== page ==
We are proud of being able to call many of these "conspirators", sentenced to death only because they are democrats, our friends. If the venal Belgian press slings mud at them, then we, at least, want to vindicate their honor before the face of German democracy; if their country disowns them, we want to acclaim them.

When the president of the court pronounced the sentence of death, they passionately exclaimed: "Long live the republic!" Throughout the whole procedure and the reading of the sentence they behaved with truly revolutionary steadfastness.

As against this we read in the wretched Belgian press:

"The verdict," writes the Journal d'Anvers, "has caused no more of a sensation in the city than the entire trial, which aroused hardly any interest. Only among the working classes" (read: the proletarian rabble) "can one find sentiments hostile to the paladins of the republic; the rest of the population hardly took any notice of it. The attempt to bring about a revolution does not cease to appear absurd even after the death sentence, which, in any case, no one believes will be executed."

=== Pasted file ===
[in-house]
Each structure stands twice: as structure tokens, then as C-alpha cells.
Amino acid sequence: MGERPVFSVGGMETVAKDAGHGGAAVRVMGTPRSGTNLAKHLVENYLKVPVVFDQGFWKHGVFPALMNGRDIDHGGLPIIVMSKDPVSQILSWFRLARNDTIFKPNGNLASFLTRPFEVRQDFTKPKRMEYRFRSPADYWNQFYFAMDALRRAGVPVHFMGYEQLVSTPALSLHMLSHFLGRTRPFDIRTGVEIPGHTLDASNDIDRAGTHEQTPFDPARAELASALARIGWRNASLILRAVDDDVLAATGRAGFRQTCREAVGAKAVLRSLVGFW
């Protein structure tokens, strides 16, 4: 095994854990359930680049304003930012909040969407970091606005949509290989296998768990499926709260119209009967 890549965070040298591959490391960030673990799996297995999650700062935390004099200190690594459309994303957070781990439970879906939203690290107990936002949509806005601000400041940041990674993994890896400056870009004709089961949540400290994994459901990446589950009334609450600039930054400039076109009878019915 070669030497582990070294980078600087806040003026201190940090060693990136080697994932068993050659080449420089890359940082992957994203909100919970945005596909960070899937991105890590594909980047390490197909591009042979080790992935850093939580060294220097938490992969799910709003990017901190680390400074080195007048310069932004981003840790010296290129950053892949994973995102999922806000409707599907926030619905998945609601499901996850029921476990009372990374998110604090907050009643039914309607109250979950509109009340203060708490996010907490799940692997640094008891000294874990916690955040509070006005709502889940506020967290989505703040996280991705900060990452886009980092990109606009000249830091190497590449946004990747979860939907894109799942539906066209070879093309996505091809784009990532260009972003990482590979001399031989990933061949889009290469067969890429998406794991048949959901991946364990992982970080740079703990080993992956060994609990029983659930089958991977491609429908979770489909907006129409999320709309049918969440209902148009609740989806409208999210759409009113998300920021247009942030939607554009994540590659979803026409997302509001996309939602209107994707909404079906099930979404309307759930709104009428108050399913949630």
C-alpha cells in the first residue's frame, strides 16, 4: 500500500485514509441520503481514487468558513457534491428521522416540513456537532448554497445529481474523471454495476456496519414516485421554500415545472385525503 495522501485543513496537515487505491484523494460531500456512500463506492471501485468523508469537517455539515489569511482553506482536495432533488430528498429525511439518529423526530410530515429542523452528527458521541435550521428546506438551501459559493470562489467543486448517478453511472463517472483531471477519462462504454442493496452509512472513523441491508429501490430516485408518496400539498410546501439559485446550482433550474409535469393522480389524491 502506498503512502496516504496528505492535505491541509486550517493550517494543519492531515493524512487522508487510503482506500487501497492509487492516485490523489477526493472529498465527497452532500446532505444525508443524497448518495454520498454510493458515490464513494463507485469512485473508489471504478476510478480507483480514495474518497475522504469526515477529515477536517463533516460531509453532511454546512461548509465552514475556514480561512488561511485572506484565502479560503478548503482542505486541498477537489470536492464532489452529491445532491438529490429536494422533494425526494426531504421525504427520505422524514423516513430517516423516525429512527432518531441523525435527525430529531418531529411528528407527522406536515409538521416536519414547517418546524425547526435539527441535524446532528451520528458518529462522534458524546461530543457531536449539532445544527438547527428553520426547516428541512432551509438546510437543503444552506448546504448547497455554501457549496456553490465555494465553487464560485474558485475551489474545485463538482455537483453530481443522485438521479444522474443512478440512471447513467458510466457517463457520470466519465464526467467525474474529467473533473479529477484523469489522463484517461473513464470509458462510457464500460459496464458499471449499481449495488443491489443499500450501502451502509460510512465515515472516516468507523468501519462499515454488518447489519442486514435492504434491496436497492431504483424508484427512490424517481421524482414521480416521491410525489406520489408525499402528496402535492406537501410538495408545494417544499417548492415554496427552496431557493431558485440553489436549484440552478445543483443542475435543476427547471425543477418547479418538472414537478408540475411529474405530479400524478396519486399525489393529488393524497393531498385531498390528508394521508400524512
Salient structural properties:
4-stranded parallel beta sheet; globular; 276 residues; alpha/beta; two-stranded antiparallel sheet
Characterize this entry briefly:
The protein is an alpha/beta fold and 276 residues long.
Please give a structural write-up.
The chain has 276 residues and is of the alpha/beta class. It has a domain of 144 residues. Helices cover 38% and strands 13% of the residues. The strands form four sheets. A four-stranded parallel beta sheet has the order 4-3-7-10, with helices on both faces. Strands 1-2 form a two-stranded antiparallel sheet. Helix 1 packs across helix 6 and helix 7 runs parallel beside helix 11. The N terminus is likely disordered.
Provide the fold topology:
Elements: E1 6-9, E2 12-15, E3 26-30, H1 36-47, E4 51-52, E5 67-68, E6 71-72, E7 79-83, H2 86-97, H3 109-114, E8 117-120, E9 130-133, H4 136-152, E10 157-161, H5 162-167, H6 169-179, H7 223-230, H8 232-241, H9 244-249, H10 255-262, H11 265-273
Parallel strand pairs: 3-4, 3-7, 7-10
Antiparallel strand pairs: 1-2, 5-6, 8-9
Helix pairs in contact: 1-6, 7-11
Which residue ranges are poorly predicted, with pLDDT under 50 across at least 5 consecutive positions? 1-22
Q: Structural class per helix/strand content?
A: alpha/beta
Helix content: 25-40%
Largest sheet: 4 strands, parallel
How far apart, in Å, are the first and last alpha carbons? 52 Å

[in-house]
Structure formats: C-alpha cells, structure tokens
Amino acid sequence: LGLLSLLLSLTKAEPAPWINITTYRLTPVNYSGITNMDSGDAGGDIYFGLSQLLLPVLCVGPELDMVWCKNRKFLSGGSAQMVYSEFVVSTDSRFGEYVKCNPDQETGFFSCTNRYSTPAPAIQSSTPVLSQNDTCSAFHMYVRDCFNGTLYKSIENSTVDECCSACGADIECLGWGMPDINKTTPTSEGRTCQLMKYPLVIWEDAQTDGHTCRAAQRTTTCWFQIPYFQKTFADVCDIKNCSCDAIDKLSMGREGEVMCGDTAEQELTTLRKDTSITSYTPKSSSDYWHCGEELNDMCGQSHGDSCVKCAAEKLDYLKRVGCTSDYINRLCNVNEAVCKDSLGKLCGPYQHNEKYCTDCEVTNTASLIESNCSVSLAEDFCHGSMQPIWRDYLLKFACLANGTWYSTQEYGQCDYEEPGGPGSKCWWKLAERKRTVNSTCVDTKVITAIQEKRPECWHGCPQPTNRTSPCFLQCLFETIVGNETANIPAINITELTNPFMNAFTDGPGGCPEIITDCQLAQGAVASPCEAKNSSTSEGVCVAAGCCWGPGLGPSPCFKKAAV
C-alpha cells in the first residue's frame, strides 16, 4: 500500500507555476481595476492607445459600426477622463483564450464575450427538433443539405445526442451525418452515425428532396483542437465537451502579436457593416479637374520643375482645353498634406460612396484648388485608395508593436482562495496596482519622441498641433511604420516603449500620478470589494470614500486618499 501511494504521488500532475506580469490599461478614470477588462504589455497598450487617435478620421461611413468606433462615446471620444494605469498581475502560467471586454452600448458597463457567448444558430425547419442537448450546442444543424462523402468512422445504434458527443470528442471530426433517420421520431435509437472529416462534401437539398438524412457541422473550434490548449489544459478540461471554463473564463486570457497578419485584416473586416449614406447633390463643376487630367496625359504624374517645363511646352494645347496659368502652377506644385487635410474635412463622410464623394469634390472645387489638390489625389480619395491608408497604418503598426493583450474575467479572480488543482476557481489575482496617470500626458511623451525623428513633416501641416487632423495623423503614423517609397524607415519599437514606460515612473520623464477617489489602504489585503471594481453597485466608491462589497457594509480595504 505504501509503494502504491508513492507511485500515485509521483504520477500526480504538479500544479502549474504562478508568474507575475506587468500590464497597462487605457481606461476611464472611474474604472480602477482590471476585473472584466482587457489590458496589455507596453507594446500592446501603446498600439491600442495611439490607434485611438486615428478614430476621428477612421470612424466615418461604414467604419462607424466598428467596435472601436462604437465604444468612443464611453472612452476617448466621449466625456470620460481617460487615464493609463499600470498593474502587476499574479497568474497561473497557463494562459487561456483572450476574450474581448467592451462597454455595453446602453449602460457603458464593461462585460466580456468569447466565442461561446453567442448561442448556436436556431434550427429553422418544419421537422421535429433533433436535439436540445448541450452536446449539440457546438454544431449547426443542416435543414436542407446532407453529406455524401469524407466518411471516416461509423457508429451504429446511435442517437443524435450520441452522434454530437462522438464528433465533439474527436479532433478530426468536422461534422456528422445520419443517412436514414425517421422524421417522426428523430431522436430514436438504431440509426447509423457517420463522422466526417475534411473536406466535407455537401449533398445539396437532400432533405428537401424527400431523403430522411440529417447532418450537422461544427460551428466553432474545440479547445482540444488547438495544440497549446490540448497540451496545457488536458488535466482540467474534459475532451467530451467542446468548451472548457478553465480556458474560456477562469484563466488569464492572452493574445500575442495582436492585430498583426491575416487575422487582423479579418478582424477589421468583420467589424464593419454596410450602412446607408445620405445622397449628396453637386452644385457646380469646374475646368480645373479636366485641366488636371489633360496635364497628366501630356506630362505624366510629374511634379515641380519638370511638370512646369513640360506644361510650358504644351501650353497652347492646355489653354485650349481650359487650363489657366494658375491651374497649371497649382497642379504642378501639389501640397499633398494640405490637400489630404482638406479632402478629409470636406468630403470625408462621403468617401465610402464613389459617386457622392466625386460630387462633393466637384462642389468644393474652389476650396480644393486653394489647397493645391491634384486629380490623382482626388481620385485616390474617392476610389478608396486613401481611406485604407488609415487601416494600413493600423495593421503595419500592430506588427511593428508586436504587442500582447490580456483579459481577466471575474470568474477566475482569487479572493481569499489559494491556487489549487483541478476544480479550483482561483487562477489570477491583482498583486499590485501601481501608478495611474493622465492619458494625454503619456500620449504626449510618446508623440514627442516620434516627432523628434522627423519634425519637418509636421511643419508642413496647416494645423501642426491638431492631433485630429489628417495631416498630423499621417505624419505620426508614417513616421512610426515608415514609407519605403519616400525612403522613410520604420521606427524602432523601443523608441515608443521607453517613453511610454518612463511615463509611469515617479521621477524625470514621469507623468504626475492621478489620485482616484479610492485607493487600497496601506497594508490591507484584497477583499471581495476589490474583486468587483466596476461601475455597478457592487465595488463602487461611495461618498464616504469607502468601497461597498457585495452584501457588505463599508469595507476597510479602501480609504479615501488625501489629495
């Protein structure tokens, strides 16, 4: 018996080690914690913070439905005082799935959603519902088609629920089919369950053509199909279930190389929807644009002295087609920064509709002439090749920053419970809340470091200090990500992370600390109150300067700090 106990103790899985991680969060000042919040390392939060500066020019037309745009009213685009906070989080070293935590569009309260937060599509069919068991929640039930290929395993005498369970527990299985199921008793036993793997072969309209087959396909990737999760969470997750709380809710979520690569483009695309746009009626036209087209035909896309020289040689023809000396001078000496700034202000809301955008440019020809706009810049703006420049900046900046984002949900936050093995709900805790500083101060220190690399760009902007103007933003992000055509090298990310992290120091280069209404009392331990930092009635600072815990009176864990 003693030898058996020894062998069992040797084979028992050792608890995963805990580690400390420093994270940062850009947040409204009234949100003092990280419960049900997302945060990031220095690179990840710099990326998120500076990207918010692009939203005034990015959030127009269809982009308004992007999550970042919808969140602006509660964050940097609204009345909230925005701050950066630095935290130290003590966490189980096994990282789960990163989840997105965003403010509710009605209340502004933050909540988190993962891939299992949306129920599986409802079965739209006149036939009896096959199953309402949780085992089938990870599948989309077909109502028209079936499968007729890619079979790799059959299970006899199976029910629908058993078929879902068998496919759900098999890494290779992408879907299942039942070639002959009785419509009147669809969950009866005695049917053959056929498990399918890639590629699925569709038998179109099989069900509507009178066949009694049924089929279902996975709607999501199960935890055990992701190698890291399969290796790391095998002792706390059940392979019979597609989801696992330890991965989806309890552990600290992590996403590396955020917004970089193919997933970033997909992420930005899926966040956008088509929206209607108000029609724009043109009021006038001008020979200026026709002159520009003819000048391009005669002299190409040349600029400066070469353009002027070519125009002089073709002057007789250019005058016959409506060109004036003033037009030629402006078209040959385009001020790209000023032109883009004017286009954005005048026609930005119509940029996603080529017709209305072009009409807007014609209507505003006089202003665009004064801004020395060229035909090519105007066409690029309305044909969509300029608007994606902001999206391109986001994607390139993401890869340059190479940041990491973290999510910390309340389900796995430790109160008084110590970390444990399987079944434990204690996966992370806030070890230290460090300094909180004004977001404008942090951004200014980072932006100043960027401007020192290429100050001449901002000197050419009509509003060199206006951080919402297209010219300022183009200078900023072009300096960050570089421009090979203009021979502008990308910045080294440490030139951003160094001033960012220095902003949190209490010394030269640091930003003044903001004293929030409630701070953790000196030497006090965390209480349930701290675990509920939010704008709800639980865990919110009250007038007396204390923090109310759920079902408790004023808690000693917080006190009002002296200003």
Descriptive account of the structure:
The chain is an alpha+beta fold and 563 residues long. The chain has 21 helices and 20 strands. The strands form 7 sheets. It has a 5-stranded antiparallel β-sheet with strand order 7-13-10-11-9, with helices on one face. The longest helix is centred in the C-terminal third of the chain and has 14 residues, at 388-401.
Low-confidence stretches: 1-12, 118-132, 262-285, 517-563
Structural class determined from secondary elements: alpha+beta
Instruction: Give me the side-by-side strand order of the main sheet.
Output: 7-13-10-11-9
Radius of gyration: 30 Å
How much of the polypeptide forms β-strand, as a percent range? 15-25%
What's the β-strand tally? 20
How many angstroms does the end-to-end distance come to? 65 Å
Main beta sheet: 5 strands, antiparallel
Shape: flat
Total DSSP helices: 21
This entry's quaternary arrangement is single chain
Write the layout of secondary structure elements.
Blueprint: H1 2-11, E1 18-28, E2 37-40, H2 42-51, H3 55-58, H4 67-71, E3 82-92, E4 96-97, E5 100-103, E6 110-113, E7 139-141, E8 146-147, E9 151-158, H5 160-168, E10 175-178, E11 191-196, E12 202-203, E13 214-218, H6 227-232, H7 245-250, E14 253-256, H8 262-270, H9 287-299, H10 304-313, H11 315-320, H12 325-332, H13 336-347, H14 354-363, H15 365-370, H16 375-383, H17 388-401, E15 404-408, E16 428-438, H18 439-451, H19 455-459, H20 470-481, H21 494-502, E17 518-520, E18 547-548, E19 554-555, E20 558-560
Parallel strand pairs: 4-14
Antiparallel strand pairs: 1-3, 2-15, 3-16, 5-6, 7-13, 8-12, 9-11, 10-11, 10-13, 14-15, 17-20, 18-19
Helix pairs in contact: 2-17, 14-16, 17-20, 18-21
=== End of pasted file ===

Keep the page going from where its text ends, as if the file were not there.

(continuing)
To be sure, if an interesting spectacle were to be staged allowing the citizens of Antwerp to watch the guillotining of seventeen republicans headed by old Mellinet, their liberator, then they would certainly have taken notice of the trial.

The savagery of the Belgian government, the Belgian jury and law courts lies precisely in the fact that they play with death sentences.

The Liberal Liegeois says: "The government wanted to show its strength, but it has merely demonstrated its savagery."

But then that has always been the lot of the Flemish nation.